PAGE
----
SJFI was born in Calcutta
It was on 27 February 1976 that the Sports Journalists’ Federation of India (SJFI) was formed at the Eden Gardens, Calcutta, during the inaugural year of the J.K. Bose Cricket Tournament. The cream of sports scribes from Delhi, Calcutta and Bombay were involved in forming the federation. One year later, Madras joined the federation.
The long-felt need for an all-India body for sports journalists came up for discussion during the tournament. Everybody welcomed the concept and it was decided to form the federation immediately. Apart from those who were participating in the scribes’ cricket tournament, local sports writers and a number of hockey correspondents from all over the country preferred to be present on this historic occasion. These hockey correspondents were on their way home after covering the National Hockey championship in Cuttack.
Two years later, the SJFI became a founder member of the Asian Sports Journalists’ Union and in 1979 the SJFI got affiliated to the World Sports Journalist body, better known as AIPS.
The concept of bringing sports journalists from all over India under one fold was mooted in 1972 during a Duleep Trophy match at the Eden Gardens. R. Sriman, then sports chief of the Times of India, Delhi, Ajoy Bose, a doyen of Bengali commentary and yours truly, as the Secretary of the Calcutta Sports Journalists’ Club, decided to start a friendly cricket match between sports journalists from Delhi and Calcutta. It was in March 1973, a contingent from Calcutta responded to the invitation of their Delhi colleagues. In 1974, Calcutta hosted the team from Delhi and the succeeding year it was Delhi’s turn again.
The decision to introduce a trophy for the tournament cropped up immediately after the sudden demise of Jayanta Kumar Bose, Chief of Sports, PTI, Delhi. Bose was only 46 when he breathed his last. The previous year Bose had come to Calcutta to cover the World Table Tennis Championship. As a journalist he had everything one could look for by way of credentials. His sincere, unbiased writing flair could be held up as a model. As news of his sudden demise reached Calcutta, we decided to start a tournament in his memory and sports enthusiast Jiten Bose who was a well known figure in the show business donated a trophy.
The triangular contest for the J.K.Bose Trophy in its first year at the historical Test centre was memorable for more than one reason. The Delhi team was led by R. Ramanujan of News Week. The Calcutta contingent was led by Ajoy Bose, sports editor of Jugantar, a Bengali daily. Captaining the Bombay squad was S.K. Sham, then with Free Press Journal. After a tough fight, Calcutta won the tournament and prizes were given by the then Chief Minister of West Bengal Siddhartha Shankar Ray. Being a University Blue, Ray also represented Bengal Veterans against a combined team of the All India Sports Journalists, led by Berry Sarbadhikary.
The time surely had come to form an all India body that would serve to develop and protect the interest of sport journalism. On the third day of the tournament, journalists from three states decided to form an all-India sports journalists’ body with R. Sriman as President and K.R. Wadhwaney, Sports in-charge of Indian Express, Delhi, as Secretary. G. K. Menon of The Times of India, Bombay, took the responsibility of being the Treasurer. I was made the Joint Secretary; Bose and A.T.P. Sarathy were elected Vice-Presidents. Other founder members were S.K. Sham and Santosh Sil of Satyajug. A constitution was drafted by Menon and Sil took the responsibility of designing a logo.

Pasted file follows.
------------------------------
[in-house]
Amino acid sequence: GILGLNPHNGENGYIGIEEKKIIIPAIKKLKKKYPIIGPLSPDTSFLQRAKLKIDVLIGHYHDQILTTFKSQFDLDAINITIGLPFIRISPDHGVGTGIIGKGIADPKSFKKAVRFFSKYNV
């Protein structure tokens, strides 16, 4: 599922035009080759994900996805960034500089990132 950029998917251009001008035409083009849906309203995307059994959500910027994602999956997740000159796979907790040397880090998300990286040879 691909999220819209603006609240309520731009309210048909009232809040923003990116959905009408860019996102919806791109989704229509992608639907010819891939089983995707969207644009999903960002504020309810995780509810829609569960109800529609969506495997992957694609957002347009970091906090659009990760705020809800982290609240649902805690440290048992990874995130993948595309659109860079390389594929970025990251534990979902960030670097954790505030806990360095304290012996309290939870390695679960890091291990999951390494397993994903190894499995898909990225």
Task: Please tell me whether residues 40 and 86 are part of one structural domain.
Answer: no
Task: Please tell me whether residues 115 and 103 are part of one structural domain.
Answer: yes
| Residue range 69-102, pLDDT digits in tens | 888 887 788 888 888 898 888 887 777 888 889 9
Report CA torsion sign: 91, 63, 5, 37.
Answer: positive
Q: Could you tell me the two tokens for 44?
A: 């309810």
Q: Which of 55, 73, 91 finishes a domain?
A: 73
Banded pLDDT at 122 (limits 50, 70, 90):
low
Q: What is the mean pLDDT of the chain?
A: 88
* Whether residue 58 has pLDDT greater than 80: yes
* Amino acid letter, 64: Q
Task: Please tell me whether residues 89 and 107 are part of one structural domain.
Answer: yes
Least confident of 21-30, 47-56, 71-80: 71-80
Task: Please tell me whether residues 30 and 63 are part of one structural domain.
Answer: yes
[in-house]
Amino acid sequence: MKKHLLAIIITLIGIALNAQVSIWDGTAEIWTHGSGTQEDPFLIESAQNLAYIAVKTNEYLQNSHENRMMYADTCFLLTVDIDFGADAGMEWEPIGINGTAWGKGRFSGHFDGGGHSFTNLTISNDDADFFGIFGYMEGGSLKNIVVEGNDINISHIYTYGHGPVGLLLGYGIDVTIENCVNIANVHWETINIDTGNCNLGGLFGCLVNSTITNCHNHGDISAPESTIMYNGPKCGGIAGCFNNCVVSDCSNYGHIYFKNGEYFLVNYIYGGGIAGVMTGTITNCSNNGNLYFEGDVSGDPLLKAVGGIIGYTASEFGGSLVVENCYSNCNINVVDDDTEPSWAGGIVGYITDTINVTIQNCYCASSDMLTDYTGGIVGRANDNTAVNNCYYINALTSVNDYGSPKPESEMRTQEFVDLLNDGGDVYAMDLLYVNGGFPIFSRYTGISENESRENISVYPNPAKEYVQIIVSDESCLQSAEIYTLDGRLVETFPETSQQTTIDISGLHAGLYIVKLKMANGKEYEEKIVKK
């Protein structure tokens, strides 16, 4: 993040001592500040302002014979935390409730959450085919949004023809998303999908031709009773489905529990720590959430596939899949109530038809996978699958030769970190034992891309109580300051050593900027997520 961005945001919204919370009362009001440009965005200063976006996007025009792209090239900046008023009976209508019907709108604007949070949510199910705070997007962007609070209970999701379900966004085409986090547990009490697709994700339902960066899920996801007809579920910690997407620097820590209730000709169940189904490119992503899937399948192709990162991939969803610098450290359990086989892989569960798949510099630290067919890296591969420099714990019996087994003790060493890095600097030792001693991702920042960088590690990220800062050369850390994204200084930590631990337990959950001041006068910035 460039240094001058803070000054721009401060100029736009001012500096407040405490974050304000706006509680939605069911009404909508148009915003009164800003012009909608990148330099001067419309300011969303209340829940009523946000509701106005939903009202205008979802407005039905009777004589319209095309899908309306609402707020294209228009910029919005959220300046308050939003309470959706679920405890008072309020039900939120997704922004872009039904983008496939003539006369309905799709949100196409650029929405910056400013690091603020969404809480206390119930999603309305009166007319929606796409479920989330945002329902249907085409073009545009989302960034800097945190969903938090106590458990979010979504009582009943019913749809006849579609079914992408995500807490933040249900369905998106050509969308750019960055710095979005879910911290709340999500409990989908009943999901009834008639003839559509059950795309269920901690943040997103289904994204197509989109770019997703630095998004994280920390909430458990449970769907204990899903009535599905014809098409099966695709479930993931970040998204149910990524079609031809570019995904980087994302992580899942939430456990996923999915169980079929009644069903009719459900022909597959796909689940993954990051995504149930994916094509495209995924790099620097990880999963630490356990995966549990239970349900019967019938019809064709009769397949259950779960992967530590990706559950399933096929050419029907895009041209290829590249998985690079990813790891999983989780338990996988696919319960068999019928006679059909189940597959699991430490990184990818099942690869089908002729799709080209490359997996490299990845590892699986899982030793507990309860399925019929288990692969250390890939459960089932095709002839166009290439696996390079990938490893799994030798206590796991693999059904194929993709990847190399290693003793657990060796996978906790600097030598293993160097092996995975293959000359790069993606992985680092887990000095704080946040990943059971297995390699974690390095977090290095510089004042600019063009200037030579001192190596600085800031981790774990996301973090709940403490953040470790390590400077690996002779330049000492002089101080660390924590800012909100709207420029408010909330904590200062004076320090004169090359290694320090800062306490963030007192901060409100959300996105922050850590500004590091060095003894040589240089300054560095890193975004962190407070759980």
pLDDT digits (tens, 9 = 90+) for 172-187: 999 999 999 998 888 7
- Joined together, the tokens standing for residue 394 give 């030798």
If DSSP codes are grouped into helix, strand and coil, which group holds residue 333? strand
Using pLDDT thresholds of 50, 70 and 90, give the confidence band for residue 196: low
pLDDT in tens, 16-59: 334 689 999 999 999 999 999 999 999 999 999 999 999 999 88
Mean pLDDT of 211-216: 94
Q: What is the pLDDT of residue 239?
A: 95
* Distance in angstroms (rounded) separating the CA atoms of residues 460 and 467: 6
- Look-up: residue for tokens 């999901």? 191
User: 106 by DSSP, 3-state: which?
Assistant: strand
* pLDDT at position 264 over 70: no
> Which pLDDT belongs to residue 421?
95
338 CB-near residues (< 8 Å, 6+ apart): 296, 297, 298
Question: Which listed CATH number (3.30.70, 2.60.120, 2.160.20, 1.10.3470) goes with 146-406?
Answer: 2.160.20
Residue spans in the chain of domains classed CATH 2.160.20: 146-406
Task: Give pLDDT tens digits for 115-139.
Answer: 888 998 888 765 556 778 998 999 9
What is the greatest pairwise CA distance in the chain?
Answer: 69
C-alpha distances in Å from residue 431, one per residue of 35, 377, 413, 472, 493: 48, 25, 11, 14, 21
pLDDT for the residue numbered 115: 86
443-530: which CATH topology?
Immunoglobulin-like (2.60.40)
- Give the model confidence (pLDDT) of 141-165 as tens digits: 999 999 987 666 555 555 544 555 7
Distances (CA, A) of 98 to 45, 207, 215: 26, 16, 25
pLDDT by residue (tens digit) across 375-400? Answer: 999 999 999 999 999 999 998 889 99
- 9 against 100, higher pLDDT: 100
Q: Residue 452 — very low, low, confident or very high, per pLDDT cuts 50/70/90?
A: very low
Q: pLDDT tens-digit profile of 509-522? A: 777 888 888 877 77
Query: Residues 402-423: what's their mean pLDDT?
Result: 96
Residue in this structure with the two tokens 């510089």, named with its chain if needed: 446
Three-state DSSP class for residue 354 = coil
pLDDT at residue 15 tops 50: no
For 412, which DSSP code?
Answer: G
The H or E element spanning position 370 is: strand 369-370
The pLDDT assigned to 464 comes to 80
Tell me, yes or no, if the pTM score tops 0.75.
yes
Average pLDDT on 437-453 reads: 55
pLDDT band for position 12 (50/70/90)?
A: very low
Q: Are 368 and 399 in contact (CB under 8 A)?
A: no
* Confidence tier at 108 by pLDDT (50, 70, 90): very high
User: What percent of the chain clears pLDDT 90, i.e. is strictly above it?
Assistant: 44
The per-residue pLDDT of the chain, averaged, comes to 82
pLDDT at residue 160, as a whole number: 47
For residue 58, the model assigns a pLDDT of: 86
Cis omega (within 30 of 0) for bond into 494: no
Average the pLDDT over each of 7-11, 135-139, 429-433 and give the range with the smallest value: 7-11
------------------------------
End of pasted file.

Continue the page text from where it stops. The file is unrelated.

The second year of the J. K. Bose tournament was held in Bombay where Madras also joined the competition. The third edition of the tournament was in Chandigarh in 1978 on behalf of Delhi.
It was in Chandigarh that the A. C. Bali Memorial Table Tennis tournament was introduced. For the first few years, only individual events were held but in 1981 the team competition was added. The trophy was donated by Sushil Bali, then Secretary of the Chandigarh Sports Journalists’ Association, in memory of his father.
During the 1979 J. K. Bose in Madras, a representative from Bangalore sought affiliation to the federation. Bangalore also wanted to field a separate team. By then Chandigarh was affiliated to SJFI and they sent two-three players to be part of the Delhi team. The then executive committee decided that the J. K. Bose would henceforth be played as zonal competition, the broad divisions being North, South, East and West. Thus, J. K. Bose Trophy became a zonal meet in Calcutta in 1984.
In 1984, SJFI took a giant step by accepting the responsibility of distributing media accreditation forms for the Olympic Games. Earlier, any one who knew top IOA officials could get a form. Credit should go to then President Sarathy who fought for the cause of the fraternity. Then IOA President Raja Bhalinder Singh realised the importance of distributing forms to professional journalists only. In 1987, SJFI handled the World Cup cricket accredition. Similar responsibility was given to SJFI during the 1996 cricket World Cup. The Indian leg accreditations were very competently handled by then federation Secretary S. Sabanayakan.
Being deeply involved with the organisation since inception and having worked in different capacities, I will always remember the contributions made by stalwarts such as A.T.P. Sarathy, R. Sriman, K.R.Wadhwaney, Ajoy Bose, T. Govindarajan, P.V. Naidu, T.N. Pillai, P.C. Nigam, S. Sundar Rajan, Samuel Banerji, V. Srivatsa, K.N.K. Menon, Kewal Kausik, Pradip Vijayakar, S. Thyagarajan and Valantine Wilson. Without their cooperation the SJFI would not have grown to what it is today.